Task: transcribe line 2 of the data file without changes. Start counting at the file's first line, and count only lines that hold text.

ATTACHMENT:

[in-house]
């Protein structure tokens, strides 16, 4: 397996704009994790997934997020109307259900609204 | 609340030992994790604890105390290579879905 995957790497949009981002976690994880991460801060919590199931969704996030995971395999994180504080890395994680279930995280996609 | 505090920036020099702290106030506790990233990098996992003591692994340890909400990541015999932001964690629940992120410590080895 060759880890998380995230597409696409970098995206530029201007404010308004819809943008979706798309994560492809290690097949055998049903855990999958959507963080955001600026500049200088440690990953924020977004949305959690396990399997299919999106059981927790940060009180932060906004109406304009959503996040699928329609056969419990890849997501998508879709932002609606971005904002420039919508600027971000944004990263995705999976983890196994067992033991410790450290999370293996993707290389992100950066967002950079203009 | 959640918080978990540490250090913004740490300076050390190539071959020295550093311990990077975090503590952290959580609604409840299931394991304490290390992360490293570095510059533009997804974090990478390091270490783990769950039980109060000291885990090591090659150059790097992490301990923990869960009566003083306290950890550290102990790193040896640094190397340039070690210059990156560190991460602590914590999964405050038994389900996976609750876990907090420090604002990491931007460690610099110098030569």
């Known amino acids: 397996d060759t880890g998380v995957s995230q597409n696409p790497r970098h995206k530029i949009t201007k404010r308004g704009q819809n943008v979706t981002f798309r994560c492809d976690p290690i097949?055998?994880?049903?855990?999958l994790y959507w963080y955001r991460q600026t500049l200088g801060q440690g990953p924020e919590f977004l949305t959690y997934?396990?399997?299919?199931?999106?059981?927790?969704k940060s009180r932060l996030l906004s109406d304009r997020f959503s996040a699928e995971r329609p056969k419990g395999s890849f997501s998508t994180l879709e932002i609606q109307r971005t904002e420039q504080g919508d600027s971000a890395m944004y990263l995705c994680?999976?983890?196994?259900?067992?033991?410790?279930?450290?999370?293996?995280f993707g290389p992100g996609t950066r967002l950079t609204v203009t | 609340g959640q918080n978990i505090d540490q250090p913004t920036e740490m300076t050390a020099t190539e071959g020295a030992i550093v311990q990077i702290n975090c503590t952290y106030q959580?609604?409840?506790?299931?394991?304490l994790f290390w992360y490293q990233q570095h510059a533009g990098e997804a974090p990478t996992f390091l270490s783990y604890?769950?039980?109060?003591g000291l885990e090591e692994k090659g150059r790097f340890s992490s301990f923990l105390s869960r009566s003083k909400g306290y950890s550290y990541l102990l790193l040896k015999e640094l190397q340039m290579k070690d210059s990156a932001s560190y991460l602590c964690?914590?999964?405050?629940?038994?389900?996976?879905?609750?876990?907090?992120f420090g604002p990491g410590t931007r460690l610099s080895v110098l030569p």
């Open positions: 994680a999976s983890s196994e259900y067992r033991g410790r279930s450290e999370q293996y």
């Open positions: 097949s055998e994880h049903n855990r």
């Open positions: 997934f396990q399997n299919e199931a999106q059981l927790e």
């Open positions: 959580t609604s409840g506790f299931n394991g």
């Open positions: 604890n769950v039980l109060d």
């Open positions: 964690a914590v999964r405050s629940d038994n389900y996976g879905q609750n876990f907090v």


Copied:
């Protein structure tokens, strides 16, 4: 397996704009994790997934997020109307259900609204 | 609340030992994790604890105390290579879905 995957790497949009981002976690994880991460801060919590199931969704996030995971395999994180504080890395994680279930995280996609 | 505090920036020099702290106030506790990233990098996992003591692994340890909400990541015999932001964690629940992120410590080895 060759880890998380995230597409696409970098995206530029201007404010308004819809943008979706798309994560492809290690097949055998049903855990999958959507963080955001600026500049200088440690990953924020977004949305959690396990399997299919999106059981927790940060009180932060906004109406304009959503996040699928329609056969419990890849997501998508879709932002609606971005904002420039919508600027971000944004990263995705999976983890196994067992033991410790450290999370293996993707290389992100950066967002950079203009 | 959640918080978990540490250090913004740490300076050390190539071959020295550093311990990077975090503590952290959580609604409840299931394991304490290390992360490293570095510059533009997804974090990478390091270490783990769950039980109060000291885990090591090659150059790097992490301990923990869960009566003083306290950890550290102990790193040896640094190397340039070690210059990156560190991460602590914590999964405050038994389900996976609750876990907090420090604002990491931007460690610099110098030569």